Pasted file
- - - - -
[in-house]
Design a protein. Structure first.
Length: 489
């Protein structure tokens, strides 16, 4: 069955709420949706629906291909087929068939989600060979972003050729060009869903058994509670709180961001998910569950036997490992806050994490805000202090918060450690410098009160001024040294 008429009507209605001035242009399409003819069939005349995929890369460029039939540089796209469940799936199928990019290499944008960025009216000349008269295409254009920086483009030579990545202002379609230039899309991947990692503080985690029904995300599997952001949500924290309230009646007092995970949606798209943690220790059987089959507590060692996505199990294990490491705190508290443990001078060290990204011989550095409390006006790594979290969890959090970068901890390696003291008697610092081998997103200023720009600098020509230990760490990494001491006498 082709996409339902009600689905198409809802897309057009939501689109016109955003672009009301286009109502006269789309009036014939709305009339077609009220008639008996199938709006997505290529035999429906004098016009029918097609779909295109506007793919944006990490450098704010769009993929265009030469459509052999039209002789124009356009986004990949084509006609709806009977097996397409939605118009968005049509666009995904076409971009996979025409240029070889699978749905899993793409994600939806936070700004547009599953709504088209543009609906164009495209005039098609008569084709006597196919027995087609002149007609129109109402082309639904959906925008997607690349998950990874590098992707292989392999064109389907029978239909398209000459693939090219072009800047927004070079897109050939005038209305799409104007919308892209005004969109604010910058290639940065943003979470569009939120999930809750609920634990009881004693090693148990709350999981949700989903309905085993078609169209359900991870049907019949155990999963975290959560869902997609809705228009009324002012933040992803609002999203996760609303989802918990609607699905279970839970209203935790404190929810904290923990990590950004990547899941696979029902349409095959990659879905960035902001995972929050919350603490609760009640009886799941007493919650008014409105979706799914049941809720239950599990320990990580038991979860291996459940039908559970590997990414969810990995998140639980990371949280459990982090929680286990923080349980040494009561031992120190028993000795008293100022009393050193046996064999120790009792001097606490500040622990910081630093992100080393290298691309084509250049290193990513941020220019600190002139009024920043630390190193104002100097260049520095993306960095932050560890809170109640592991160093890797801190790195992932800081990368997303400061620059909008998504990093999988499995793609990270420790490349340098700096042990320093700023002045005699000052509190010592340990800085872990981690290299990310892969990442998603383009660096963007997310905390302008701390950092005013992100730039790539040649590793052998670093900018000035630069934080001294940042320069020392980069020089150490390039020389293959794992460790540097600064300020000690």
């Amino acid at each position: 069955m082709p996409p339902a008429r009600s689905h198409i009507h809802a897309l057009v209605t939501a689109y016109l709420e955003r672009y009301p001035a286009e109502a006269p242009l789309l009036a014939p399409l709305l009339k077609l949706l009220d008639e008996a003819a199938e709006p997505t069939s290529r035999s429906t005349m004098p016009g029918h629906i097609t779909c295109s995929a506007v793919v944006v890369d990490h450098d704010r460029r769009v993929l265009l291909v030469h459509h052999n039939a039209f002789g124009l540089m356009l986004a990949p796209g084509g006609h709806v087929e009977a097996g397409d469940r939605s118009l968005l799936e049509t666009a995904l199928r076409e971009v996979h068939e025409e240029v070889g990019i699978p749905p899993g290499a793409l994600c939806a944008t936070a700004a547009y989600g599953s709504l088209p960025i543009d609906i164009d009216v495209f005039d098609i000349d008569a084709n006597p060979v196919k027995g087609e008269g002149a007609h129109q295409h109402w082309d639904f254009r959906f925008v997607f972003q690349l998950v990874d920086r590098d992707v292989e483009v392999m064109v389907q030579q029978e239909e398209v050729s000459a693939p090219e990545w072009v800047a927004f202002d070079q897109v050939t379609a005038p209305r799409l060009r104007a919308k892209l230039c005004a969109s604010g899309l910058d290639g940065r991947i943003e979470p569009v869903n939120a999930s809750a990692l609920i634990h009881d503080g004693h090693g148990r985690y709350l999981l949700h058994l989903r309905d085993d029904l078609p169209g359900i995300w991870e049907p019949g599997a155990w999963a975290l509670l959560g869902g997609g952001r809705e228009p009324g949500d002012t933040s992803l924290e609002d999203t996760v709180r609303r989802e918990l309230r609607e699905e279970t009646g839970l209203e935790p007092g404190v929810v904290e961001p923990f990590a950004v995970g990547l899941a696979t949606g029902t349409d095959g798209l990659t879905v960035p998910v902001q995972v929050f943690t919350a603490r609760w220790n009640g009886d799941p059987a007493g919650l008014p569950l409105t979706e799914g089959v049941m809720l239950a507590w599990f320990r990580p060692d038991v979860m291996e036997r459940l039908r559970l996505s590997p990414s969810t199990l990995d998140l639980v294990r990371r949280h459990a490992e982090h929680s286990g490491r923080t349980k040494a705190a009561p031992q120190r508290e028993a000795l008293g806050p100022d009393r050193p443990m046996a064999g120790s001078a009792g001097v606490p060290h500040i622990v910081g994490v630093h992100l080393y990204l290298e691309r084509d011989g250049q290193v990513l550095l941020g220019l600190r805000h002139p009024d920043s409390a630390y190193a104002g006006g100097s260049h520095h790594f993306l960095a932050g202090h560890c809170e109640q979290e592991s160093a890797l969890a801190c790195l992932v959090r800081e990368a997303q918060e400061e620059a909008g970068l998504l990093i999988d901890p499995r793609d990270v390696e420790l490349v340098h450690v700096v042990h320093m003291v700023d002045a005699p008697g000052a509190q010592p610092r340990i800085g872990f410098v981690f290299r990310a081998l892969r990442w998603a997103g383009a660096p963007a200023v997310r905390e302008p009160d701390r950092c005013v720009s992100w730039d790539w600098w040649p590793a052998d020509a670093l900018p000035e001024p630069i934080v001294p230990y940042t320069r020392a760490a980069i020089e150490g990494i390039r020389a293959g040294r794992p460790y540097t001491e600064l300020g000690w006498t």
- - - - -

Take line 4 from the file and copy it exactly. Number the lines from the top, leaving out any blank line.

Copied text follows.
């Protein structure tokens, strides 16, 4: 069955709420949706629906291909087929068939989600060979972003050729060009869903058994509670709180961001998910569950036997490992806050994490805000202090918060450690410098009160001024040294 008429009507209605001035242009399409003819069939005349995929890369460029039939540089796209469940799936199928990019290499944008960025009216000349008269295409254009920086483009030579990545202002379609230039899309991947990692503080985690029904995300599997952001949500924290309230009646007092995970949606798209943690220790059987089959507590060692996505199990294990490491705190508290443990001078060290990204011989550095409390006006790594979290969890959090970068901890390696003291008697610092081998997103200023720009600098020509230990760490990494001491006498 082709996409339902009600689905198409809802897309057009939501689109016109955003672009009301286009109502006269789309009036014939709305009339077609009220008639008996199938709006997505290529035999429906004098016009029918097609779909295109506007793919944006990490450098704010769009993929265009030469459509052999039209002789124009356009986004990949084509006609709806009977097996397409939605118009968005049509666009995904076409971009996979025409240029070889699978749905899993793409994600939806936070700004547009599953709504088209543009609906164009495209005039098609008569084709006597196919027995087609002149007609129109109402082309639904959906925008997607690349998950990874590098992707292989392999064109389907029978239909398209000459693939090219072009800047927004070079897109050939005038209305799409104007919308892209005004969109604010910058290639940065943003979470569009939120999930809750609920634990009881004693090693148990709350999981949700989903309905085993078609169209359900991870049907019949155990999963975290959560869902997609809705228009009324002012933040992803609002999203996760609303989802918990609607699905279970839970209203935790404190929810904290923990990590950004990547899941696979029902349409095959990659879905960035902001995972929050919350603490609760009640009886799941007493919650008014409105979706799914049941809720239950599990320990990580038991979860291996459940039908559970590997990414969810990995998140639980990371949280459990982090929680286990923080349980040494009561031992120190028993000795008293100022009393050193046996064999120790009792001097606490500040622990910081630093992100080393290298691309084509250049290193990513941020220019600190002139009024920043630390190193104002100097260049520095993306960095932050560890809170109640592991160093890797801190790195992932800081990368997303400061620059909008998504990093999988499995793609990270420790490349340098700096042990320093700023002045005699000052509190010592340990800085872990981690290299990310892969990442998603383009660096963007997310905390302008701390950092005013992100730039790539040649590793052998670093900018000035630069934080001294940042320069020392980069020089150490390039020389293959794992460790540097600064300020000690």